The Warbler Guide: Gear You Need To Be A Birder

When one pictures a person birdwatching, they probably picture someone with a wide-brimmed hat, binoculars glued to their face, and a camera with a huge lens attached to the front. Maybe that lens is tapping against some sort of bird-call whistle, or maybe said whistle is still sticking out of his mouth. In any event, this birder is ready for some serious birdwatching. Right?

Just a moment: we forgot the most important tool! In this age of technology, it may not even seem ironic that one of the best tools a birdwatcher can have is a smart phone. According to TheWarblerGuide.com, there are a lot of useful Apps that one can get to enhance their birding abilities. Here is a list of helpful Apps they recommend:

  • Sibley Guide App – currently the best guide on the iPhone for North American birds
  • Bird Tunes – a good collection of bird songs and vocalizations for North America
  • Weather Bug – our favorite weather app from wunderground.com
  • BirdsEye – a useful way to find local birds, powered by eBird
  • BirdsEye BirdLog – great for creating on-the-fly ebird lists in the field
  • BigRadar – Shows an overall view of radar in the US – useful for looking at migration at night
  • U.S. Nexrad Radar – Shows local radar in realtime, good during migration
  • Fire – A great app for recording audio, either with the iPhone mic, or with an external mic like the Senheisser ME 66

The Warbler GuidePlus, don’t forget to check out our Rafflecopter giveaway event!

Our prize package includes a copy of The Warbler Guide, The Crossley ID Guide: Raptors, and How to Be a Better Birder, a pair of Zeiss TERRA binoculars, and the audio companion for The Warbler Guide.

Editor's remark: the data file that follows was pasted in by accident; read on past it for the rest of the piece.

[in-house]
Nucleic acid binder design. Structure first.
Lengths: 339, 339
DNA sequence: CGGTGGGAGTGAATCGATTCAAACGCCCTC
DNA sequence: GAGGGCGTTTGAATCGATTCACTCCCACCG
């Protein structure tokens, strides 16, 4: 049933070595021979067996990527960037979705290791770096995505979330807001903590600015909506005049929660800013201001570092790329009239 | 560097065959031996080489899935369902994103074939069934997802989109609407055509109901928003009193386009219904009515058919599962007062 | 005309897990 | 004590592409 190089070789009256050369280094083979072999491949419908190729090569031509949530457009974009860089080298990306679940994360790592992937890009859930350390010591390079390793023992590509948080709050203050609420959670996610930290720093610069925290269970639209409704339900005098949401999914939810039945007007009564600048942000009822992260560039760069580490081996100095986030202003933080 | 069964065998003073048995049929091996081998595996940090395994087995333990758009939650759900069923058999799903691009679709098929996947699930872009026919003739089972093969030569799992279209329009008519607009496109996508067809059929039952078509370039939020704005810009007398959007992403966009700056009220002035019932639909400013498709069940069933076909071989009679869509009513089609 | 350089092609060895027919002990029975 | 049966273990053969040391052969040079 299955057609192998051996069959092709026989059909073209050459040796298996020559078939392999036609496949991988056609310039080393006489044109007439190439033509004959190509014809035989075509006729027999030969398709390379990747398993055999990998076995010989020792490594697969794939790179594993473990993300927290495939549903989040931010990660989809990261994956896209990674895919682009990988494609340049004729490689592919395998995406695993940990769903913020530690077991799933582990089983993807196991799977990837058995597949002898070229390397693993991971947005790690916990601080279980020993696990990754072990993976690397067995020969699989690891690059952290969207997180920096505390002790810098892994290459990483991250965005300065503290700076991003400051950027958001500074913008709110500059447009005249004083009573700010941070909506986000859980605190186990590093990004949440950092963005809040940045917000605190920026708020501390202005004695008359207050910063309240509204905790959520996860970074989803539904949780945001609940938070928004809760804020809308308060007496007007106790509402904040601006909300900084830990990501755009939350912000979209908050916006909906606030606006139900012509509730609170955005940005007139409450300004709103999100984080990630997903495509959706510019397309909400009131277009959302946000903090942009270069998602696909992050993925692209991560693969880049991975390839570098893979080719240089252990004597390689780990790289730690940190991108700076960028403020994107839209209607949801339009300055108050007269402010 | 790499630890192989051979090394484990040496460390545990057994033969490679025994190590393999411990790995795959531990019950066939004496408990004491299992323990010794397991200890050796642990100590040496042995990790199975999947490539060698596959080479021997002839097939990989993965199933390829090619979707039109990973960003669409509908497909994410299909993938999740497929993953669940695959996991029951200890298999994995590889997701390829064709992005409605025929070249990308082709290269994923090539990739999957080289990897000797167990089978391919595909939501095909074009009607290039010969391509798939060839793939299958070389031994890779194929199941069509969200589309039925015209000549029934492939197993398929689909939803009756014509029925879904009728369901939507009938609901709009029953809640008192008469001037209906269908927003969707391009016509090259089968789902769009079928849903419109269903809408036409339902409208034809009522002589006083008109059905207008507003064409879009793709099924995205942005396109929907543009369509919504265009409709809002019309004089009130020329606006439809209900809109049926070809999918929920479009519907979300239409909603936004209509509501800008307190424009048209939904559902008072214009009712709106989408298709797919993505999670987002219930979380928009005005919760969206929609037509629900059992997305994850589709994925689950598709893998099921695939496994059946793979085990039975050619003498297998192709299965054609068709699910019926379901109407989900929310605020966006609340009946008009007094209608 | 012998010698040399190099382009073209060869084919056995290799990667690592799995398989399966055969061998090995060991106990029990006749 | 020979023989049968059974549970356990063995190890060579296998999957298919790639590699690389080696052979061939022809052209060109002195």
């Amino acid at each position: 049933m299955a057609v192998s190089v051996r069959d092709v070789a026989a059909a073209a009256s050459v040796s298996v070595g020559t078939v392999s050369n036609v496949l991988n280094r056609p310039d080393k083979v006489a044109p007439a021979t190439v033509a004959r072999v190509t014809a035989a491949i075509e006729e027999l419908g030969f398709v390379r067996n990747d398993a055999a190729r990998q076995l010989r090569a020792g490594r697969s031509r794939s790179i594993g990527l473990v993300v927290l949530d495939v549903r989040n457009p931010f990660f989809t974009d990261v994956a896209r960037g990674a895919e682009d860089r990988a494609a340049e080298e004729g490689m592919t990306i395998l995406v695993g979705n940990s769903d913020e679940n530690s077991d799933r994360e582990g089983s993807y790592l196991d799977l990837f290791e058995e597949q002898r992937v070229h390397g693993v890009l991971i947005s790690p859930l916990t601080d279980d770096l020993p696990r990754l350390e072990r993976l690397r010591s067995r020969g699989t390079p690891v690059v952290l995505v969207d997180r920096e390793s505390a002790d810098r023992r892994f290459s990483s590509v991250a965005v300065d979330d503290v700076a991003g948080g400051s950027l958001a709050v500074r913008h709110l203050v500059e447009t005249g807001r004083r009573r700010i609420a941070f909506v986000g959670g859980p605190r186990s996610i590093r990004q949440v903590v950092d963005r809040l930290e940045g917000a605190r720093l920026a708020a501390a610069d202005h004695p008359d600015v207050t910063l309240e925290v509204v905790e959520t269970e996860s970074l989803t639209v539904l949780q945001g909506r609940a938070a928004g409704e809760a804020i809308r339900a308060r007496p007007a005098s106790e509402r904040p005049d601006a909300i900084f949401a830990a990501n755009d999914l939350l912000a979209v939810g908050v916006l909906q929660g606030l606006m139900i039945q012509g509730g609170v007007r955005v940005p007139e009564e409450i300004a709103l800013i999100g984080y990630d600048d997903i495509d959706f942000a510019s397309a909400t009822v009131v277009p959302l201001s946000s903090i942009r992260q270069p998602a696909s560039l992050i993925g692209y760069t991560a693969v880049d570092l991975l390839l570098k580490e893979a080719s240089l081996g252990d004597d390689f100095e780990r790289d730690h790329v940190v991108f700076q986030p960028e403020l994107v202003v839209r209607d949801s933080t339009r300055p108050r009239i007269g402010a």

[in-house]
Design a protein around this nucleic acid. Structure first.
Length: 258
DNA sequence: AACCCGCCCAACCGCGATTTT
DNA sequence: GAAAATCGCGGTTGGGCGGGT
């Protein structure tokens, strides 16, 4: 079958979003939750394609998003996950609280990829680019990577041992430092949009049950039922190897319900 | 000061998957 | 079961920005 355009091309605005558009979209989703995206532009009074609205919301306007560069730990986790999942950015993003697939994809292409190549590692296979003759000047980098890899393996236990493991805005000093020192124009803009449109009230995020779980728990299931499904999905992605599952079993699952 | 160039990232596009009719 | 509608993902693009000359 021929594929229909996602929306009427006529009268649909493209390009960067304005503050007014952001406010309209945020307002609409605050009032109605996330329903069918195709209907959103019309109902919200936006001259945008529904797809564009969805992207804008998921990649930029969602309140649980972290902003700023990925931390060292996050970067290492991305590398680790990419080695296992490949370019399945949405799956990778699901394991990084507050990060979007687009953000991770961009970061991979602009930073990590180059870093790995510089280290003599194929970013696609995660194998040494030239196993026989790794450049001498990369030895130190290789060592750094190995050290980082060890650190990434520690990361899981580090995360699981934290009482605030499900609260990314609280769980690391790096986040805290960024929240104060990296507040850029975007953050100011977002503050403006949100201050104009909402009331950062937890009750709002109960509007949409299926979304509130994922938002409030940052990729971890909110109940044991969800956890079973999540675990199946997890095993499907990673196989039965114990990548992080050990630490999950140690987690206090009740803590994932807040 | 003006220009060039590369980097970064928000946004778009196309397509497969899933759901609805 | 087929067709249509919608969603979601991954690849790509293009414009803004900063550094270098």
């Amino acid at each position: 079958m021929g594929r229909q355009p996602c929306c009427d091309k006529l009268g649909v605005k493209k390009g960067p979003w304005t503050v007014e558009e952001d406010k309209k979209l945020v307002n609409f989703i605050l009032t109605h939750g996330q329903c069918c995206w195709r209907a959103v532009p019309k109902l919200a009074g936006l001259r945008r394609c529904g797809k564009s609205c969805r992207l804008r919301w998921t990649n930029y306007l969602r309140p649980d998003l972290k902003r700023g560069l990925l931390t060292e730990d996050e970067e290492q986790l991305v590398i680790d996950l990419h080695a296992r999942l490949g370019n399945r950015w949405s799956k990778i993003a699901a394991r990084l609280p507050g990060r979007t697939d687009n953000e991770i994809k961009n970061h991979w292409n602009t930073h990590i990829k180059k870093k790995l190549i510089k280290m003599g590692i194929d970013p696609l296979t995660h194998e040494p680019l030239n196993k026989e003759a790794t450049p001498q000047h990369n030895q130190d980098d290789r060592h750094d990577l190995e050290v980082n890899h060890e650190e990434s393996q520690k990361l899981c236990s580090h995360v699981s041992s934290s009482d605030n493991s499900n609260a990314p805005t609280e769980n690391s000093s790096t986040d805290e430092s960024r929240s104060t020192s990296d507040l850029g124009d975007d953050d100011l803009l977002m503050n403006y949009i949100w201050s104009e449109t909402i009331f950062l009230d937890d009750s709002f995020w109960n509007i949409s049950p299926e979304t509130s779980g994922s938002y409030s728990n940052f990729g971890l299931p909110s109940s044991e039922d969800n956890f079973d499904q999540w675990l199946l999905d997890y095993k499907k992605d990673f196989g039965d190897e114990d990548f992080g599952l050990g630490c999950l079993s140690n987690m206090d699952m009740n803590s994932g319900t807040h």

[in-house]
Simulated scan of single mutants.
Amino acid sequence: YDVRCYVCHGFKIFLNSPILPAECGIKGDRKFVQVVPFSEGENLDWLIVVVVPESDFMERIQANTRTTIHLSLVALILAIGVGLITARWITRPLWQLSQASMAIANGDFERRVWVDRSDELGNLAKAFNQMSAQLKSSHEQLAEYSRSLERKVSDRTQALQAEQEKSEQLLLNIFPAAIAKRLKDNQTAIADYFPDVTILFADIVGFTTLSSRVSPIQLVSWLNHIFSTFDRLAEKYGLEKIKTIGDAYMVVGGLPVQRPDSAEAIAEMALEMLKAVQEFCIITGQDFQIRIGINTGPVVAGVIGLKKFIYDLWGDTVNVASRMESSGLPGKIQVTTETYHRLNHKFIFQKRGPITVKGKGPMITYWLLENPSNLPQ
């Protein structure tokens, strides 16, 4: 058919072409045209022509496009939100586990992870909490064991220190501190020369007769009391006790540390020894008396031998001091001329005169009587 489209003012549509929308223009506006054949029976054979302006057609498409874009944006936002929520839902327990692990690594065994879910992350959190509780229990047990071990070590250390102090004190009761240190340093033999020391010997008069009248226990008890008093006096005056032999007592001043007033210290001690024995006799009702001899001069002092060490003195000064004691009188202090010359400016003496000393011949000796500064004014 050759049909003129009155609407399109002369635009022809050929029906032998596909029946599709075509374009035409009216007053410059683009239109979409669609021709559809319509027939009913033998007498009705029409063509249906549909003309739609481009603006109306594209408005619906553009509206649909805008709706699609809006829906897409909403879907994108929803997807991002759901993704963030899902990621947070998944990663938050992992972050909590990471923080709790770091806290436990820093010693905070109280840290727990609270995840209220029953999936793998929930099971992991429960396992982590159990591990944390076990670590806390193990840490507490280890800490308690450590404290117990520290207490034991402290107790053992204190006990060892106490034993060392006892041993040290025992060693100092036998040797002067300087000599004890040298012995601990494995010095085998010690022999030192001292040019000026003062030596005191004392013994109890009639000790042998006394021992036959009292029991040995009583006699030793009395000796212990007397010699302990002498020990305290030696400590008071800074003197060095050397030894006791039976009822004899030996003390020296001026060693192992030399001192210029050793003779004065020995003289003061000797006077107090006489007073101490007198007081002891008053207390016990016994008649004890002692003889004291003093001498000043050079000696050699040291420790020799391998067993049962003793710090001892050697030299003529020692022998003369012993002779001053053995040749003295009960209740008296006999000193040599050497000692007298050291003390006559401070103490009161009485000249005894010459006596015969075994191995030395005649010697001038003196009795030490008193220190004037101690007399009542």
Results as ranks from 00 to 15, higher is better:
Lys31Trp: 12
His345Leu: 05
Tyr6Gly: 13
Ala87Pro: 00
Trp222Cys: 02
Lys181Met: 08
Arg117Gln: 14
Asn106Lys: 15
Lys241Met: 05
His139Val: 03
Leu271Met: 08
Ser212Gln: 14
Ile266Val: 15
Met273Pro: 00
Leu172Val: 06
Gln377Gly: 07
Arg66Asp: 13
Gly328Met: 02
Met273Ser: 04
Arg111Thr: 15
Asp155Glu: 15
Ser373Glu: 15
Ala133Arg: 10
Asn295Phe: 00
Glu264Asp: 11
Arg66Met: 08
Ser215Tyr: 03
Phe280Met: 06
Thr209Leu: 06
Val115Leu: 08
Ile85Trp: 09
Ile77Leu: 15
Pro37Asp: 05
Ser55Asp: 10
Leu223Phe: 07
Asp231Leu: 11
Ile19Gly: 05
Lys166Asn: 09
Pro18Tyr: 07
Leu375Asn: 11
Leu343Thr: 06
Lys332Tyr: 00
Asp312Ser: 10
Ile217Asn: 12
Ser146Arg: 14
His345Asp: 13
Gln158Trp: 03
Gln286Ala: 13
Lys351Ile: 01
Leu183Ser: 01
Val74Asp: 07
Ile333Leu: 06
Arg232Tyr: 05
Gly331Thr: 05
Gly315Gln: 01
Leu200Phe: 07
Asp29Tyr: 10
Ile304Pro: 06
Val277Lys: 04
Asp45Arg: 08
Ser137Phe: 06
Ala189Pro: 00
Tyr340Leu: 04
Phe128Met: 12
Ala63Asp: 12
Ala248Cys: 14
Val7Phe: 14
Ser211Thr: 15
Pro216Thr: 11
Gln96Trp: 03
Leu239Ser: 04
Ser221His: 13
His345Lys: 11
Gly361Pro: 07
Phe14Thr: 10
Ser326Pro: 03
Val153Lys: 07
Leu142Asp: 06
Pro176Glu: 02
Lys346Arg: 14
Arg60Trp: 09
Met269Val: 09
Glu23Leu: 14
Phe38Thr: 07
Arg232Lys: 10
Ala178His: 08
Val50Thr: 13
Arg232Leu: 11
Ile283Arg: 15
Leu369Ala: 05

How to win? Visit this post for details, but there are numerous ways to win, including liking any of the three books Facebook pages, emailing us at blog@press.princeton.edu, signing up for our email alerts for Bird and Natural History Titles at http://press.princeton.edu/subscribe/,or tweeting at @PrincetonNature or at any of the author’s Twitter pages (@IDCrossleyGuide or @The WarblerGuide). The winner will be selected at the beginning of October.

And to check out the free downloads we’re currently offering, check out the links below:
Crossley ID Guide Raptors : A sampler raptor guide in PDF format
Quick Finders from The Warbler Guide : A ‘quick finder’ designed to help you identify over 50 warblers faster with targeted color photos.

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Comments

  1. It pays to be able to tell a warbler from other ambient sounds. Back in the days of the crop-circle craze in Wiltshire England, a night-time observation team with infrared cameras and sensitive microphones was on the look-out for whoever (aliens, humans) made these circles in the wheat. One night they picked up an eerie sound which soon was touted as “not from this earth”. It rumbled on for several minutes (the remote microphone was hidden, no one could see the actual causation). Until an ornithologist recognized it as a … warbler.